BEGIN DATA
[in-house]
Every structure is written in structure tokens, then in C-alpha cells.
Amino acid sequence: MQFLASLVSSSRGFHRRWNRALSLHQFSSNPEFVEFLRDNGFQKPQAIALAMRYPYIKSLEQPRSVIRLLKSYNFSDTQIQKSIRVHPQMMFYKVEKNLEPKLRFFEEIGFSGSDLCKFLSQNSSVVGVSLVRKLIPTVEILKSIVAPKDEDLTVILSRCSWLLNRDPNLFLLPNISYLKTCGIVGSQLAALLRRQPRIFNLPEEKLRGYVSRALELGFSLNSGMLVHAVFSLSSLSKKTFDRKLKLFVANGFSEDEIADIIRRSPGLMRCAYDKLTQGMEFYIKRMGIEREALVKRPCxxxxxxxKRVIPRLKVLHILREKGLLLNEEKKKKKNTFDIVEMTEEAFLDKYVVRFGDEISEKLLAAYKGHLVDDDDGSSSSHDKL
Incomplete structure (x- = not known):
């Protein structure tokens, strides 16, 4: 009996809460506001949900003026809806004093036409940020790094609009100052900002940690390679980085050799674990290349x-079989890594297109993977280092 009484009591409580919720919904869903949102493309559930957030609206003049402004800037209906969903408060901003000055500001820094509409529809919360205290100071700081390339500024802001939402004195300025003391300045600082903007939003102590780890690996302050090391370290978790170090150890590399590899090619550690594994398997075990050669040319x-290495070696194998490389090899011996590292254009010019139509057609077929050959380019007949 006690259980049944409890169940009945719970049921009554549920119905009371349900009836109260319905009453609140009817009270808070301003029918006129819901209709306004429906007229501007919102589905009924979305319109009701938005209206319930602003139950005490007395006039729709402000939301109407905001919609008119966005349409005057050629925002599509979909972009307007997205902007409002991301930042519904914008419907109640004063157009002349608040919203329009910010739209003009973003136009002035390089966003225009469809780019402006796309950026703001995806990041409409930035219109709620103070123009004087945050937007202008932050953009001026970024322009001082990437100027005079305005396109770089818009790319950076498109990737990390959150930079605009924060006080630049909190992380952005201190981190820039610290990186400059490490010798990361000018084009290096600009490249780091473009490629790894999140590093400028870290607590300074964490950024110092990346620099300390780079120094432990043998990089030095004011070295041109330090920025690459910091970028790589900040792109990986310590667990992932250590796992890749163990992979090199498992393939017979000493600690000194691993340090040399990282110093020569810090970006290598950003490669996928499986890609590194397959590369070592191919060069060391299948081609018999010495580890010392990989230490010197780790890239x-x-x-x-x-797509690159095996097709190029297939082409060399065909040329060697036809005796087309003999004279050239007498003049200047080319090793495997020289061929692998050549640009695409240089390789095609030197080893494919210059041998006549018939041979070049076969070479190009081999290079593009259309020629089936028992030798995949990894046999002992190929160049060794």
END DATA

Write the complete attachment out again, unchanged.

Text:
[in-house]
Every structure is written in structure tokens, then in C-alpha cells.
Amino acid sequence: MQFLASLVSSSRGFHRRWNRALSLHQFSSNPEFVEFLRDNGFQKPQAIALAMRYPYIKSLEQPRSVIRLLKSYNFSDTQIQKSIRVHPQMMFYKVEKNLEPKLRFFEEIGFSGSDLCKFLSQNSSVVGVSLVRKLIPTVEILKSIVAPKDEDLTVILSRCSWLLNRDPNLFLLPNISYLKTCGIVGSQLAALLRRQPRIFNLPEEKLRGYVSRALELGFSLNSGMLVHAVFSLSSLSKKTFDRKLKLFVANGFSEDEIADIIRRSPGLMRCAYDKLTQGMEFYIKRMGIEREALVKRPCxxxxxxxKRVIPRLKVLHILREKGLLLNEEKKKKKNTFDIVEMTEEAFLDKYVVRFGDEISEKLLAAYKGHLVDDDDGSSSSHDKL
Incomplete structure (x- = not known):
């Protein structure tokens, strides 16, 4: 009996809460506001949900003026809806004093036409940020790094609009100052900002940690390679980085050799674990290349x-079989890594297109993977280092 009484009591409580919720919904869903949102493309559930957030609206003049402004800037209906969903408060901003000055500001820094509409529809919360205290100071700081390339500024802001939402004195300025003391300045600082903007939003102590780890690996302050090391370290978790170090150890590399590899090619550690594994398997075990050669040319x-290495070696194998490389090899011996590292254009010019139509057609077929050959380019007949 006690259980049944409890169940009945719970049921009554549920119905009371349900009836109260319905009453609140009817009270808070301003029918006129819901209709306004429906007229501007919102589905009924979305319109009701938005209206319930602003139950005490007395006039729709402000939301109407905001919609008119966005349409005057050629925002599509979909972009307007997205902007409002991301930042519904914008419907109640004063157009002349608040919203329009910010739209003009973003136009002035390089966003225009469809780019402006796309950026703001995806990041409409930035219109709620103070123009004087945050937007202008932050953009001026970024322009001082990437100027005079305005396109770089818009790319950076498109990737990390959150930079605009924060006080630049909190992380952005201190981190820039610290990186400059490490010798990361000018084009290096600009490249780091473009490629790894999140590093400028870290607590300074964490950024110092990346620099300390780079120094432990043998990089030095004011070295041109330090920025690459910091970028790589900040792109990986310590667990992932250590796992890749163990992979090199498992393939017979000493600690000194691993340090040399990282110093020569810090970006290598950003490669996928499986890609590194397959590369070592191919060069060391299948081609018999010495580890010392990989230490010197780790890239x-x-x-x-x-797509690159095996097709190029297939082409060399065909040329060697036809005796087309003999004279050239007498003049200047080319090793495997020289061929692998050549640009695409240089390789095609030197080893494919210059041998006549018939041979070049076969070479190009081999290079593009259309020629089936028992030798995949990894046999002992190929160049060794």